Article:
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Noticed the surface of the concrete was crumbling
30 April 2005

Q. I live in a home completed in September 2003. During the first winter the developer hired a company to shovel snow and they applied salt to the concrete walks, driveway and front porch. In the spring we noticed the surface of the concrete was crumbling in some areas of the driveway and on the corners of the porch. The developer replaced part of our driveway in the summer and in the fall had someone put a light grey concrete type coating on the porch. Over the next winter the porch coating cracked where we walked and it is now coming off. The surface of the concrete that was underneath this area is now crumbling.

We do not know what type of salt was used by the developer the first winter. Our community hired a contractor this past winter who claims he used only calcium chloride. My question is was the salt used either the first or second winters to blame for the damaged concrete, or was the concrete itself faulty? The developer wants to send someone to recoat the porch. What chance is there that this will adhere and stop the damage? Do you have any other solutions?

A. Unfortunately the prognosis isn't good. The condition your concrete is in is known as spalling or scaling and is the result of a variety of causes. De-icing chemicals and freeze-thaw cycles accelerate the problem but the root cause is the concrete itself. Iím sure youíve seen concrete sidewalks and driveways or roads that get salted every year, year in and year out, that donít scale up. Imagine the beating the concrete on interstate highways gets. Calcium chloride is less aggressive than sodium chloride--rock salt-- but if the concrete is susceptible either one will help the process along.

The problem often begins when the concrete is batched and poured. We all view concrete as tough stuff but the truth of the matter is that each step of preparation, handling, placing, finishing and curing of the material bears directly on its future performance. It's unlikely the batch was bad from the plant in the sense that it was mixed improperly or mixed with adulterated materials. The concrete plants around here are pretty good.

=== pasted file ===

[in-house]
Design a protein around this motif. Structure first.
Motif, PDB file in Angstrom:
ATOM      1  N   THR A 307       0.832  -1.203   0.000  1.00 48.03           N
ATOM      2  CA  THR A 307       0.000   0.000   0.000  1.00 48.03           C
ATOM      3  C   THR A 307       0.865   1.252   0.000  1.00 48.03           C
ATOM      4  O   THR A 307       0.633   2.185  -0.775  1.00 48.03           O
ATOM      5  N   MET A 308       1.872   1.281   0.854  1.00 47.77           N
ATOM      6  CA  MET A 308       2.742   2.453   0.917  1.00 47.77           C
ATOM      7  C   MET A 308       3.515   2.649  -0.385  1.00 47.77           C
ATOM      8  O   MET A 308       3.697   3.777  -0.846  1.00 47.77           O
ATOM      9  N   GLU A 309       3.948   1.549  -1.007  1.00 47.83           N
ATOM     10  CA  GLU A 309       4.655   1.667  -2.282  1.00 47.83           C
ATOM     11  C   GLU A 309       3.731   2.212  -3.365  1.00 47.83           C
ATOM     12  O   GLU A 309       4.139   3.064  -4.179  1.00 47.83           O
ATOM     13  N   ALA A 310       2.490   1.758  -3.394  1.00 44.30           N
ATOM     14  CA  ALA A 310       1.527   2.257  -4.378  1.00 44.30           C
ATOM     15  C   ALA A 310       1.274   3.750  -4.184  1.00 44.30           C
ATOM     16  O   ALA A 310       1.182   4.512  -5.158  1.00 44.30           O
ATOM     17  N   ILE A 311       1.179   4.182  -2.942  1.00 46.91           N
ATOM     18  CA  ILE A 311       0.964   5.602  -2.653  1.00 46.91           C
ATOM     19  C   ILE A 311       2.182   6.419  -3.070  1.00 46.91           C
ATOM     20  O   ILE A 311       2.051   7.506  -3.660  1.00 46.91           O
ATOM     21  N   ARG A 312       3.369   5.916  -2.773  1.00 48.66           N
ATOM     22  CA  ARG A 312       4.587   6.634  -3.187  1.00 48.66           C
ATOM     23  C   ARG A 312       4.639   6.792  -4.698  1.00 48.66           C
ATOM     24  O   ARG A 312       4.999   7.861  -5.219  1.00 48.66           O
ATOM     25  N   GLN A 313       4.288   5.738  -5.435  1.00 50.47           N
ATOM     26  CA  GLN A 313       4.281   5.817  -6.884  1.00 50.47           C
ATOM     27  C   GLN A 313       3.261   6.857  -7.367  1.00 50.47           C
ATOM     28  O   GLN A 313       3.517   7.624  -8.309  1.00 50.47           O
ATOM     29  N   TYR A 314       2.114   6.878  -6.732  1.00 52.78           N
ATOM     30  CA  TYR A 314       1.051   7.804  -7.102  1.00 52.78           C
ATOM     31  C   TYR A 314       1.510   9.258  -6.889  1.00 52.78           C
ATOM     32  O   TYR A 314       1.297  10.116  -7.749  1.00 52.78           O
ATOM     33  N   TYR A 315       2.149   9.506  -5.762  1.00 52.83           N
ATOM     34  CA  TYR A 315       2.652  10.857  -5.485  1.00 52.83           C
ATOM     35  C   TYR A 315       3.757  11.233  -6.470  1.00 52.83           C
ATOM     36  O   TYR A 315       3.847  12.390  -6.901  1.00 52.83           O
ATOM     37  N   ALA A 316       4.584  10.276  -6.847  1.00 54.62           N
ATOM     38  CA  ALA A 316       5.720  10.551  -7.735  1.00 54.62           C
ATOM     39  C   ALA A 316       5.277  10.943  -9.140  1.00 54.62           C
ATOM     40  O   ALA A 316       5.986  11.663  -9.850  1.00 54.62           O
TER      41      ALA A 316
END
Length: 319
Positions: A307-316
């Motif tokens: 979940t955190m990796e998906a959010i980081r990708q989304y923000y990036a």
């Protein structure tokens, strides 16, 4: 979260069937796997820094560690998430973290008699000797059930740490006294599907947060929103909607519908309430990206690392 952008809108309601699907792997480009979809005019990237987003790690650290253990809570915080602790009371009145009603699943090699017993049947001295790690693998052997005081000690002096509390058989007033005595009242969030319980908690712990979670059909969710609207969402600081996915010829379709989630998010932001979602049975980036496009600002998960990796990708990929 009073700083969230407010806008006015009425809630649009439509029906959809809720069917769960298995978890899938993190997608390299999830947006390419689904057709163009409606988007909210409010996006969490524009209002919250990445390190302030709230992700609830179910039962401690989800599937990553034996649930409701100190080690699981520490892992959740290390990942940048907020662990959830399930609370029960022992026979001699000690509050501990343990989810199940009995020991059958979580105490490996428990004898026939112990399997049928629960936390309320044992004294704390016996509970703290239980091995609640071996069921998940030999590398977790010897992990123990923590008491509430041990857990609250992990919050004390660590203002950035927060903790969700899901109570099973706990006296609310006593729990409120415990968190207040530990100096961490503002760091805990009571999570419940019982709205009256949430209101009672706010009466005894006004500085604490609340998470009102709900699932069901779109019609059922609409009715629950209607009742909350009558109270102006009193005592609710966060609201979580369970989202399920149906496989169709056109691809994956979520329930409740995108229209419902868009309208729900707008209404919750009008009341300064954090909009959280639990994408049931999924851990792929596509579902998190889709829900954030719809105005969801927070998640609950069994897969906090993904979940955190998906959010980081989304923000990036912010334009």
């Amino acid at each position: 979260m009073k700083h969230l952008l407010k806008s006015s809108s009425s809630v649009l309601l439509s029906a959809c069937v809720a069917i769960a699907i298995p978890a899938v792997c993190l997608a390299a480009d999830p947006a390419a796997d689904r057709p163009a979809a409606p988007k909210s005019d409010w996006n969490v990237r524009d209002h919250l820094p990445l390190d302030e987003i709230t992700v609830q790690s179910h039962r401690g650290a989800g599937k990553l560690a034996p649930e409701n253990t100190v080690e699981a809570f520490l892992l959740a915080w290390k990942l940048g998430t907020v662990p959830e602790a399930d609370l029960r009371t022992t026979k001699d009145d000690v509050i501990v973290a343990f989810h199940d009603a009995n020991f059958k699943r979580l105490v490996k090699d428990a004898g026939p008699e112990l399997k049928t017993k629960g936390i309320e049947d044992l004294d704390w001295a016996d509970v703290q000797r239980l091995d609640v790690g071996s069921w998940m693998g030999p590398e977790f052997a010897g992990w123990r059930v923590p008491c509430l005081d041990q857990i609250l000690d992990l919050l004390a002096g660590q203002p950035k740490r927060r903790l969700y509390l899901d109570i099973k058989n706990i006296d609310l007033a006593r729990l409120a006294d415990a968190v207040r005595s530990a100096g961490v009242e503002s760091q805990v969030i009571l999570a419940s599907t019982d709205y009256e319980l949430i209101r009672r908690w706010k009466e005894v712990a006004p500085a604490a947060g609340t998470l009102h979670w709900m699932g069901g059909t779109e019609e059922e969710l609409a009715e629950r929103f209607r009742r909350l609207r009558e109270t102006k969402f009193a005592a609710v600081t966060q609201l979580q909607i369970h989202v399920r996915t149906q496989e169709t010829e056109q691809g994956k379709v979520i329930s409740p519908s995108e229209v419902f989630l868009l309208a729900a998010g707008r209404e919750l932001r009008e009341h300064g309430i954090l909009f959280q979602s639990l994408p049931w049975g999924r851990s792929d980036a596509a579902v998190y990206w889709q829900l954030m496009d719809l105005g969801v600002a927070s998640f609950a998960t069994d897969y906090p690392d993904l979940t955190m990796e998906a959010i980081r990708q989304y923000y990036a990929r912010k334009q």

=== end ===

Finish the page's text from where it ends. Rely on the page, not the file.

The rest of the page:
If the concrete was finished when the weather was hot and the top wasn't protected from the sun that could have weakened the top. Or conversely, if it was too cold outside and the top froze slightly while curing will ruin the finish. It could have been too wet, or it may have begun to set up too quickly and the finishers sprinkled water on the surface to keep it workable weakening the surface in so doing. The list goes on.

Any concrete intended for exterior use should have a tiny amount of microscopic air bubbles injected into at the plant which helps the concrete resist the stress of freeze-thaw cycles. If this was omitted, the concrete wont last long in the Maryland winters. If the job is as new as yours then somewhere there will be a record of the load leaving the plant and on the ticket will be all the information youíd need to know about the mix including air-entrainment.

Initially, spalling and scaling concrete still does its job, that is to provide a surface over which to walk or drive but itís ugly and is a signal that itís a bad concrete pour. The surface will eventually scale to the point that it will become hazardous to walk on.

There are concrete patching products on the market to do spot repairs and surface topping but the bad news is that I have never seen them work successfully over the long run. You might get a summer or even a year out of a patch job but that's about it,as youíve learned.

I recently read a case study where 20 year-old concrete scaled after calcium chloride was used and the owner tried to sue the calcium chloride supplier. A petrographer-- a materials engineer specializing in concrete analysis--was called in and was able, through chemical and microscopic examination following ASTM protocols, to tell that the original concrete was improperly placed and all the chemical de-icer did was push it over the edge.

The only long term solution is to break out the bad concrete and replace it. When you do that hire a contractor who knows what he is doing. Discuss such things as weather, air entrainment, mix, placement, finishing and curing steps. If the job is done right the pour will outlive us all. I've seen concrete that the Romans poured over two thousand years ago that's hardly worse for the wear. They did the job right.

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